It wasn't exactly the kind of YouTube moment that Ondrej Pavelec would have chosen for himself.
Truth be told, the Atlanta Thrashers goaltender doesn't even remember it although the video images of what happened minutes into the season will likely serve as a permanent, if not necessarily appreciated, reminder of how the 23-year-old Czech native became the biggest story of the NHL's new season at that moment. Unfortunately, it wasn't because his perennially bottom-feeding Thrashers were in the process of turning back the defending Presidents' Trophy-winning Washington Capitals.
That part almost got lost in the shuffle because Pavelec wasn't around to see the end result. He had collapsed for no apparent reason behind the play less than three minutes into the game, a gasp-inducing moment that required him to be carried off on a stretcher.
As it turned out, the frightening incident was the result of Pavelec having fainted and suffering a concussion from falling and hitting his head. But no one knew it at the moment because that conclusion took doctors several days and a battery of tests on his brain and heart to reach.
"I'll tell you this much, I never want to see the inside of a hospital again," Pavelec said with a slight smile in an interview. "That really wasn't any fun having to deal with everything until we knew for sure. But the good thing is that now I can put it all behind me and look forward to playing games.
"But for sure it was a scary moment, not only for me but for my family. It was fortunate that they didn't see it live and that I was already in the hospital and okay when they found out. Thankfully it all worked out and I'm lucky because I've been totally cleared medically and I can do everything I did before."
These days, Pavelec is actually doing even more than he ever has for the Thrashers since joining them late in the 2007-08 season -- he's turning into one the league's top goaltenders. Pavelec returned to the lineup Oct. 30 and has become one of the biggest reasons Atlanta is in the thick of the Eastern Conference playoff race and still in striking distance of the division crown in the much-improved Southeast Division.
"Pav's been very strong for us," coach Craig Ramsey said. "He really had a very good training camp and it's unfortunate what he had to go through, but when he came back, he really got back into the flow very quickly."
A second-round draft choice in 2005, Pavelec had a couple of cups of coffee before arriving to stay in Atlanta last season when he split the duties with veteran Johan Hedberg. The youngster had several stretches of inconsistent play, but mixed in enough flashes of brilliance to make Atlanta comfortable enough to trade away their often-injured but presumed franchise goalie Kari Lehtonen and to let Hedberg leave as a free agent.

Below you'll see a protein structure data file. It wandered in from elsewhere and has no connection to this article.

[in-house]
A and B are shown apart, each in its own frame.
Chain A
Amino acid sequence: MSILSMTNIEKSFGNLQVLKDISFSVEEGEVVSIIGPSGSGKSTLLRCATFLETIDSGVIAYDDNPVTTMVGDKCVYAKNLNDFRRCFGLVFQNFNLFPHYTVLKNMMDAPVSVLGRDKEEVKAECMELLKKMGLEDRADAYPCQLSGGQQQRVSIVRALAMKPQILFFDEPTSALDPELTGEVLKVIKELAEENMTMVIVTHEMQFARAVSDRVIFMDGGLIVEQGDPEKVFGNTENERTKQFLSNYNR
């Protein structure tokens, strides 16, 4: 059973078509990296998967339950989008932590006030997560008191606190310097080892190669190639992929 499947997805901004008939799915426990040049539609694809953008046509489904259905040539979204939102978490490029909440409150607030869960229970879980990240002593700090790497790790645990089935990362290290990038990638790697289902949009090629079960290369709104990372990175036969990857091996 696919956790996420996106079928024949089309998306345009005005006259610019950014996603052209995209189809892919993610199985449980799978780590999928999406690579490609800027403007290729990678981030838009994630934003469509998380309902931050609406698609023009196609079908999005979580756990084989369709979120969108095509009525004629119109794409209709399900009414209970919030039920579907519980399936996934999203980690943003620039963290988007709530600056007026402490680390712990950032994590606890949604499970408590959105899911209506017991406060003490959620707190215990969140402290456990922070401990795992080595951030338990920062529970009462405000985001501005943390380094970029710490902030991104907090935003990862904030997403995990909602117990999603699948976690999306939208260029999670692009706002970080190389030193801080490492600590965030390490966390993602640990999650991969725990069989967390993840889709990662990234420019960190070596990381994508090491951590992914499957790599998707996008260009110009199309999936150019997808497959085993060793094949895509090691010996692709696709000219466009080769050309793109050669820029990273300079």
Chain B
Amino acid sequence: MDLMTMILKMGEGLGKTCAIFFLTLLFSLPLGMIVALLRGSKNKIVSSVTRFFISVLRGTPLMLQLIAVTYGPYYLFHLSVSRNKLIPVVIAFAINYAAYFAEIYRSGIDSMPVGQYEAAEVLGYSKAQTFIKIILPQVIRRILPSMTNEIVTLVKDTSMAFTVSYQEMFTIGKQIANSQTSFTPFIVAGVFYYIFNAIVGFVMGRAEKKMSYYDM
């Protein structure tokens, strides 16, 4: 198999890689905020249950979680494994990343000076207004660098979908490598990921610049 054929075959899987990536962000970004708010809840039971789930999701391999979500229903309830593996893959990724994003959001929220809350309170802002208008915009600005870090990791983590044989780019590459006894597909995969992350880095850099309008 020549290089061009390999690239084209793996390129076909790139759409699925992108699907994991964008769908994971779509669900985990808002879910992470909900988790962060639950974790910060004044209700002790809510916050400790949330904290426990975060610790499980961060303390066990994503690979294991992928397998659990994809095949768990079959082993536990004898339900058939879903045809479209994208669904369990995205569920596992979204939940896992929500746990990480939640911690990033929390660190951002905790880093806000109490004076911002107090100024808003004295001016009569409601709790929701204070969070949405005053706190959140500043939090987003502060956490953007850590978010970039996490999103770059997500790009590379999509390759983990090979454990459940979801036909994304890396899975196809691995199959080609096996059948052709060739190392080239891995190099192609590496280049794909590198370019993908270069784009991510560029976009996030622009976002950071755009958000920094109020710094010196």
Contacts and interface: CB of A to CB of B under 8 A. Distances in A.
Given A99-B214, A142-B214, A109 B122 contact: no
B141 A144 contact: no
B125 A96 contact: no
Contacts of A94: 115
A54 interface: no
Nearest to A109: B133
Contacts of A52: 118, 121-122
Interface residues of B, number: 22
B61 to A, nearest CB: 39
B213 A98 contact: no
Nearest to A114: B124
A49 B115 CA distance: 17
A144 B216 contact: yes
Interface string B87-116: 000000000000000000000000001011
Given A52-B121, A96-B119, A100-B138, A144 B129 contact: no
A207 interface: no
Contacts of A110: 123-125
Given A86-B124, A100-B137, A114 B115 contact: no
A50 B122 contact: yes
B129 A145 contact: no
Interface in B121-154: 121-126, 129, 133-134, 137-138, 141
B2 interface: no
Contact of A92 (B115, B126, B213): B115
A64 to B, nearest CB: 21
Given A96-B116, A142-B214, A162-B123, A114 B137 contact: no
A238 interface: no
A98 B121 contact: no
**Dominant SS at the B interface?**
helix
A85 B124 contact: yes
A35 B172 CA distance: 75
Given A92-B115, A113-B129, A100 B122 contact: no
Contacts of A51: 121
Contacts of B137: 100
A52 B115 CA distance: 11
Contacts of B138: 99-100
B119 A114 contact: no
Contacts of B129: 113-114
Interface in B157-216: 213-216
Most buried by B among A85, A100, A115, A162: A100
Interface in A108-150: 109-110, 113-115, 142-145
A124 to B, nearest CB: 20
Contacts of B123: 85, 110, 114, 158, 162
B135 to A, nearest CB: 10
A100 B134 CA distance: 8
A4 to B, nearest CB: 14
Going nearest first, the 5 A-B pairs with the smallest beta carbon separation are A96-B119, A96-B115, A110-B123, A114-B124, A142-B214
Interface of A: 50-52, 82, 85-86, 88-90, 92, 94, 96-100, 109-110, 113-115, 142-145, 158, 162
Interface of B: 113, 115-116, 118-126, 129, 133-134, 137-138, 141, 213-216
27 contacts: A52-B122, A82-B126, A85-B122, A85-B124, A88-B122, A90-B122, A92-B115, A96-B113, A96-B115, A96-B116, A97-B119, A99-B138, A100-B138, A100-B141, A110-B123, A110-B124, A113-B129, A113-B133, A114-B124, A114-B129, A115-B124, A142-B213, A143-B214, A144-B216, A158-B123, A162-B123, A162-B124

The Thrashers did sign veteran Chris Mason during the offseason as insurance, but the clear message from the organization was that Pavelec was its goalie of the future and the No. 1 job this season was his to lose. He just didn't take it that way.
"I didn't think like that, absolutely not," Pavelec said. "For sure everybody wants to play and you want to be that guy, but Mason is a great goalie and it's always up to how you're going to play. I worked hard in the summer to prepare, but all you can do is work hard and do your best."
So far so good. In fact, Pavelec has played so well his effort has created a lively debate in Atlanta about whether he or defenseman Dustin Byfuglien is the MVP so far of the revamped and vastly improved Thrashers.
"I think it probably helped Pav to know he was going to get a big opportunity to play," defenseman Ron Hainsey said. "For some guys you have, when you're clearly going to get the chance to be the No. 1 guy it gives you a big boost of confidence and at the same time, makes everyone else a little less afraid to make mistakes, which obviously helps.
"The thing is he's always had this kind of game. Now he's letting it take over and he's playing at an all-star level for us."
The stats certainly bear that out. Pavelec posted his career-high 15th win Wednesday night in Florida with a 33-save effort, and in his last 20 starts, he has a 14-4-2 record and two shutouts. Meanwhile his .936 save percentage is the second best in the league, and his 2.14 goals-against average has him tied for third.
"I don't look at the numbers because it's not about me, it's about the way the team is playing in front of me," Pavelec said. "Guys are blocking shots and playing very good defense and getting big goals.
"I'm just doing my part. That's what I feel good about."